"I don't have to explain, people understand": Acceptability and Cultural Relevance of a Mobile Health Lifestyle Intervention for Filipinos with Type 2 Diabetes.
- Author(s): Maglalang, Dale Dagar
- Yoo, Grace J
- Ursua, Rhodora A
- Villanueva, Carissa
- Chesla, Catherine A
- Bender, Melinda S
- et al.
Published Web Locationhttps://doi.org/10.18865/ed.27.2.143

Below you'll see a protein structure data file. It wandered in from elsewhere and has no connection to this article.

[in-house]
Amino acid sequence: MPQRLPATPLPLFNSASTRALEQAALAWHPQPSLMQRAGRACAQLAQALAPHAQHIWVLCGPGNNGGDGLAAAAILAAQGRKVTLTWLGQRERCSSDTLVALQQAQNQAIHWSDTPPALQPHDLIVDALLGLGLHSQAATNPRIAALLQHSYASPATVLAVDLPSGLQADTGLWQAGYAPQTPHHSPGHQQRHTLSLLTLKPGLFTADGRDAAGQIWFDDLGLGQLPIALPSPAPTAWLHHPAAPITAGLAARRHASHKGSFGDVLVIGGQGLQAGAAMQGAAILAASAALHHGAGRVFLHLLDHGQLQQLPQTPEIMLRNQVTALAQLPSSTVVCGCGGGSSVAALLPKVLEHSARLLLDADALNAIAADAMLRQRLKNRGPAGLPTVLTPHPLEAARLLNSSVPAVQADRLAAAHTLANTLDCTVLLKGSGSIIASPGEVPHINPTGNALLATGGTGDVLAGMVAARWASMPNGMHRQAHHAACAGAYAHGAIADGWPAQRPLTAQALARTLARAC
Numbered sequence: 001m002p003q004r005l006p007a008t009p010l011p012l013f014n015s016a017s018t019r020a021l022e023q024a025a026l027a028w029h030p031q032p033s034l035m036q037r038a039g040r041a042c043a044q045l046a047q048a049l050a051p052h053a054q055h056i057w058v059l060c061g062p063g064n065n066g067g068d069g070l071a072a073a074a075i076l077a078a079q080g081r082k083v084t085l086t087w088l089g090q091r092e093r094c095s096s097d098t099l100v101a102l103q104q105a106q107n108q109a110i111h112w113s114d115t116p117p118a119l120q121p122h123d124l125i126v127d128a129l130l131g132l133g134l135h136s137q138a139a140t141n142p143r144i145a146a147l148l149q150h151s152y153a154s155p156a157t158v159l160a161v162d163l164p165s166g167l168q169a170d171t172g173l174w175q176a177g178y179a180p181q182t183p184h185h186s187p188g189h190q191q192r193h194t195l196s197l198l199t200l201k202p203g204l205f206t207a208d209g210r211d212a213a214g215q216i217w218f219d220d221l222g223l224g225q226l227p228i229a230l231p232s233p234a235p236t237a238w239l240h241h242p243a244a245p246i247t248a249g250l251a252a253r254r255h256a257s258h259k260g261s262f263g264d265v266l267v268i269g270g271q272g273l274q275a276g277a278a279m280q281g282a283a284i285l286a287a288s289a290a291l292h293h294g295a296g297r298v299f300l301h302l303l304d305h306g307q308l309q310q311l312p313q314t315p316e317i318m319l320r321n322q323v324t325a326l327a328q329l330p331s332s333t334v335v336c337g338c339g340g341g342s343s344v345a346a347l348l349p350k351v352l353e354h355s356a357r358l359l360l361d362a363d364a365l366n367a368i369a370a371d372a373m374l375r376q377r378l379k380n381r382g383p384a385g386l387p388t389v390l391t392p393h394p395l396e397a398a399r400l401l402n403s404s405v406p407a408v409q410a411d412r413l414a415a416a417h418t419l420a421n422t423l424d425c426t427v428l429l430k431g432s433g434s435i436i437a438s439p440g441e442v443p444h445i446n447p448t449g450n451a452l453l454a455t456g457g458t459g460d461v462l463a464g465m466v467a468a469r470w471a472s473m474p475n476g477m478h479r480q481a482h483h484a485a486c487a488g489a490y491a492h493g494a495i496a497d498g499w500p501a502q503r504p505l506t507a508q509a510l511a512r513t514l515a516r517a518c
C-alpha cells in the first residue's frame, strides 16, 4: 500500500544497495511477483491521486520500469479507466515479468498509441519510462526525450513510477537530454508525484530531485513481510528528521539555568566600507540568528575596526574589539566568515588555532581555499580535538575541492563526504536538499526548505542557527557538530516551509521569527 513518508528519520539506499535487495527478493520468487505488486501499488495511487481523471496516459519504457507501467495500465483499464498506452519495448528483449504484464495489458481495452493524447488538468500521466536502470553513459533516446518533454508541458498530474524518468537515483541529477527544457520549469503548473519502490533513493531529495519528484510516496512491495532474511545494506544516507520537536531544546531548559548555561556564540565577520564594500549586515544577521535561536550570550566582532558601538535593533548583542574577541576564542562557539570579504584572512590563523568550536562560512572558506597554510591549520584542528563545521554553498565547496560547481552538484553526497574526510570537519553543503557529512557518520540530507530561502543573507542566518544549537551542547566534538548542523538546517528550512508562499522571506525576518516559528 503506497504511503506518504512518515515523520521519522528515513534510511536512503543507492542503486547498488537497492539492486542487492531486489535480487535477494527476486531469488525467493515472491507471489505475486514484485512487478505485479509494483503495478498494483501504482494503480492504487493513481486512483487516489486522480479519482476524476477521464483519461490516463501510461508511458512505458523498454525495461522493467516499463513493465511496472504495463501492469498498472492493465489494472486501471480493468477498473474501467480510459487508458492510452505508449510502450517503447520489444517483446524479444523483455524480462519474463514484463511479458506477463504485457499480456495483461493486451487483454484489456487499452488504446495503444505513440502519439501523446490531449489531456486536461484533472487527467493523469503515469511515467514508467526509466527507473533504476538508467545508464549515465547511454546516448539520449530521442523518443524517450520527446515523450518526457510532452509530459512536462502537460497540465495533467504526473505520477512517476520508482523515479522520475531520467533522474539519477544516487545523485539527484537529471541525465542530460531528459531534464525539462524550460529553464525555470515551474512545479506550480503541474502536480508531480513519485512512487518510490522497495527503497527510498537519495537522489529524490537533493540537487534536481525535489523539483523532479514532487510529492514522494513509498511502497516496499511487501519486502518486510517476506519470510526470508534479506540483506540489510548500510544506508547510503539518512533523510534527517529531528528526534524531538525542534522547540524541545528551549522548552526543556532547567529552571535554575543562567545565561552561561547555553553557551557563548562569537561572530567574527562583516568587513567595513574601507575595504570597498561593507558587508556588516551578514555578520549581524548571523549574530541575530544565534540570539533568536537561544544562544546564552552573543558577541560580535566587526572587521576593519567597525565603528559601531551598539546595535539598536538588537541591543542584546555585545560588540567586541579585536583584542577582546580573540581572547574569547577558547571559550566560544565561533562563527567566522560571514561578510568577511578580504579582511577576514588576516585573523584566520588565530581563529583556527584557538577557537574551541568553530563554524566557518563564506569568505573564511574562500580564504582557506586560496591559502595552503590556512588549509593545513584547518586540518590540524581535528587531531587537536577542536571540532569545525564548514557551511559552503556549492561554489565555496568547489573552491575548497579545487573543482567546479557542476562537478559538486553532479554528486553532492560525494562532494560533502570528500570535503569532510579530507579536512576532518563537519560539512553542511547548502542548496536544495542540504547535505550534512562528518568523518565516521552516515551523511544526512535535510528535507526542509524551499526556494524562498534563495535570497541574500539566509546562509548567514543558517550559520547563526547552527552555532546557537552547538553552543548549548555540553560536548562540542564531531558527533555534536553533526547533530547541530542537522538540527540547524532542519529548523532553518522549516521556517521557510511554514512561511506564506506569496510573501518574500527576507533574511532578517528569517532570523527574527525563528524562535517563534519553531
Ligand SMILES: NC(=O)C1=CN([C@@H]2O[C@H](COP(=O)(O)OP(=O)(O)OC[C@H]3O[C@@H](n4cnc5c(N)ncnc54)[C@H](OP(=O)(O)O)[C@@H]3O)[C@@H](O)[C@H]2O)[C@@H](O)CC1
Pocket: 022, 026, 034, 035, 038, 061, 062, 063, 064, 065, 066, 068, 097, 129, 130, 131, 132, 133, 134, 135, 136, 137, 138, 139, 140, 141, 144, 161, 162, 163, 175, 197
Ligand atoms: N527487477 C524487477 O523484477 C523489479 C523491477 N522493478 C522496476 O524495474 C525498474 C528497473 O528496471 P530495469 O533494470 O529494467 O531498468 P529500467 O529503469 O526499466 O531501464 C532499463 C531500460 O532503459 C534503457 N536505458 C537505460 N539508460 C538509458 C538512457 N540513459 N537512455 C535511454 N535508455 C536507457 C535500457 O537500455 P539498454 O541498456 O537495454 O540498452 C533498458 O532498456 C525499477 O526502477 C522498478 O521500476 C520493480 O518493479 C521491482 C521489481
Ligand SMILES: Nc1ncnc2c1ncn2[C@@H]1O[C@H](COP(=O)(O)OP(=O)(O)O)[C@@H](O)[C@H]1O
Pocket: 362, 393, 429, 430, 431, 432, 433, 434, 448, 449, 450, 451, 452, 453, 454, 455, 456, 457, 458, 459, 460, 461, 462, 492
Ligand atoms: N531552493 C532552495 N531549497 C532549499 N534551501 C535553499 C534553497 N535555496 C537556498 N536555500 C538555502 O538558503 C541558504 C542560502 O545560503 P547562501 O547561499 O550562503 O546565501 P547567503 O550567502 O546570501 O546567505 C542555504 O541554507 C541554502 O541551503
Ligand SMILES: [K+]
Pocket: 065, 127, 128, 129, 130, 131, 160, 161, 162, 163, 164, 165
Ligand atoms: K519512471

BACKGROUND:Filipino Americans have the highest risk for obesity-related type 2 diabetes and related complications compared with all major Asian American subgroups. Identifying effective interventions to improve Filipino health outcomes are needed to reduce this health disparity. OBJECTIVE:To assess the acceptability and cultural relevance of the PilAm Go4Health program - a culturally adapted mobile health weight-loss lifestyle intervention including virtual social networking for Filipino Americans with type 2 diabetes. DESIGN SETTING PARTICIPANTS:Qualitative semi-structured post-program interviews explored perceptions of 45 Filipino Americans with type 2 diabetes in Northern California regarding their perceptions of the acceptability and cultural relevance of PilAm Go4Health. Participants' mean age was 57.6 years. Sixty-seven interviews were recorded, transcribed, and thematically analyzed by four independent coders. RESULTS:Over half (n=26, 57.8%) of the respondents found that a culturally tailored intervention program enhanced their engagement. All (n=45) of the respondents felt that mobile health technology promoted their self-efficacy. A majority of the respondents (n=29, 64.4%) expressed that they progressed from despair to self-efficacy as a result of their participation in the intervention. More than one-fourth of the participants (n=13, 28.8%) discussed that the intervention needed further cultural tailoring. CONCLUSIONS:Overall, PilAm Go4Health - a mobile health weight-loss lifestyle intervention - was acceptable and culturally relevant for Filipino Americans with type 2 diabetes. Findings may help inform clinician and researchers on effective intervention strategies for diabetes self-management when designing interventions for diverse populations.